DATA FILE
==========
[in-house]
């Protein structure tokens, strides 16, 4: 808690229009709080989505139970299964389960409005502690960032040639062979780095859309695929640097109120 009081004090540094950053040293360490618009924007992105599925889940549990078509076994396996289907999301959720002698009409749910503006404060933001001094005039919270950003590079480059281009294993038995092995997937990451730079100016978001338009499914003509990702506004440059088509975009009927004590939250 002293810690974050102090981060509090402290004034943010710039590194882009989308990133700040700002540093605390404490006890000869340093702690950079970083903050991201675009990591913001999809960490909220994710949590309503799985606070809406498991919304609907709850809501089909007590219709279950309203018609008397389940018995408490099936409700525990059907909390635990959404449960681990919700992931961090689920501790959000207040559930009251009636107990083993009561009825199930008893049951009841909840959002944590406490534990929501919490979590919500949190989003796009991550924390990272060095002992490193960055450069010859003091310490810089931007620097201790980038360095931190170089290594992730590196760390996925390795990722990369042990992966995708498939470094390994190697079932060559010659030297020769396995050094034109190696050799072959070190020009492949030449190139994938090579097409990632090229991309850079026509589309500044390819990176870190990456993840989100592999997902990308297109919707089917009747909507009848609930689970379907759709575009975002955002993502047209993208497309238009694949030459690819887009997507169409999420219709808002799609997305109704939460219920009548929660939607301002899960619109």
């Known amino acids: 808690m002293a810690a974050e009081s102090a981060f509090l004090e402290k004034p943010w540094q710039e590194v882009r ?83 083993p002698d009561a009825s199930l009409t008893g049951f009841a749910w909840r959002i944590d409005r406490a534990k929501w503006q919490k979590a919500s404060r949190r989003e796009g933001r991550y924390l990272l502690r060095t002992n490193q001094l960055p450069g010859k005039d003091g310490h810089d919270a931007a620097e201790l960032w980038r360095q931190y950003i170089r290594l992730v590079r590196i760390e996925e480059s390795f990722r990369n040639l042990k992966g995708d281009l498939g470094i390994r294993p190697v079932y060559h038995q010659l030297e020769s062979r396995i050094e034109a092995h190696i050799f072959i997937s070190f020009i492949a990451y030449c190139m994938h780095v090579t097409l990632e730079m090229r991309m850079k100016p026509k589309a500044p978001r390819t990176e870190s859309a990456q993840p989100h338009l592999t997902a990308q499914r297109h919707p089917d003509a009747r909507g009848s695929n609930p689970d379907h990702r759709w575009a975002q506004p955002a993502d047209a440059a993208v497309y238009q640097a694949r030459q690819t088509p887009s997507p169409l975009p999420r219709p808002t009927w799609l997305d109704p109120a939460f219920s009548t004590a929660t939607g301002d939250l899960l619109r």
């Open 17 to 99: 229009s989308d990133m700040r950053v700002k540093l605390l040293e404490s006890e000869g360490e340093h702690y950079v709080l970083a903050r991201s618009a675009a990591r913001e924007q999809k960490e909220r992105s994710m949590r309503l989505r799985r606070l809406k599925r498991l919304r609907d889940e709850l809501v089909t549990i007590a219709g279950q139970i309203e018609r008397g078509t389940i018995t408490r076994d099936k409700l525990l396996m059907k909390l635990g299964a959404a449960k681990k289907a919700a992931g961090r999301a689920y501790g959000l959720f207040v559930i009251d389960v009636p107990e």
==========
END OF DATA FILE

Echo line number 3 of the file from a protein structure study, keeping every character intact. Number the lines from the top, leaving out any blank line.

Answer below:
């Known amino acids: 808690m002293a810690a974050e009081s102090a981060f509090l004090e402290k004034p943010w540094q710039e590194v882009r ?83 083993p002698d009561a009825s199930l009409t008893g049951f009841a749910w909840r959002i944590d409005r406490a534990k929501w503006q919490k979590a919500s404060r949190r989003e796009g933001r991550y924390l990272l502690r060095t002992n490193q001094l960055p450069g010859k005039d003091g310490h810089d919270a931007a620097e201790l960032w980038r360095q931190y950003i170089r290594l992730v590079r590196i760390e996925e480059s390795f990722r990369n040639l042990k992966g995708d281009l498939g470094i390994r294993p190697v079932y060559h038995q010659l030297e020769s062979r396995i050094e034109a092995h190696i050799f072959i997937s070190f020009i492949a990451y030449c190139m994938h780095v090579t097409l990632e730079m090229r991309m850079k100016p026509k589309a500044p978001r390819t990176e870190s859309a990456q993840p989100h338009l592999t997902a990308q499914r297109h919707p089917d003509a009747r909507g009848s695929n609930p689970d379907h990702r759709w575009a975002q506004p955002a993502d047209a440059a993208v497309y238009q640097a694949r030459q690819t088509p887009s997507p169409l975009p999420r219709p808002t009927w799609l997305d109704p109120a939460f219920s009548t004590a929660t939607g301002d939250l899960l619109r």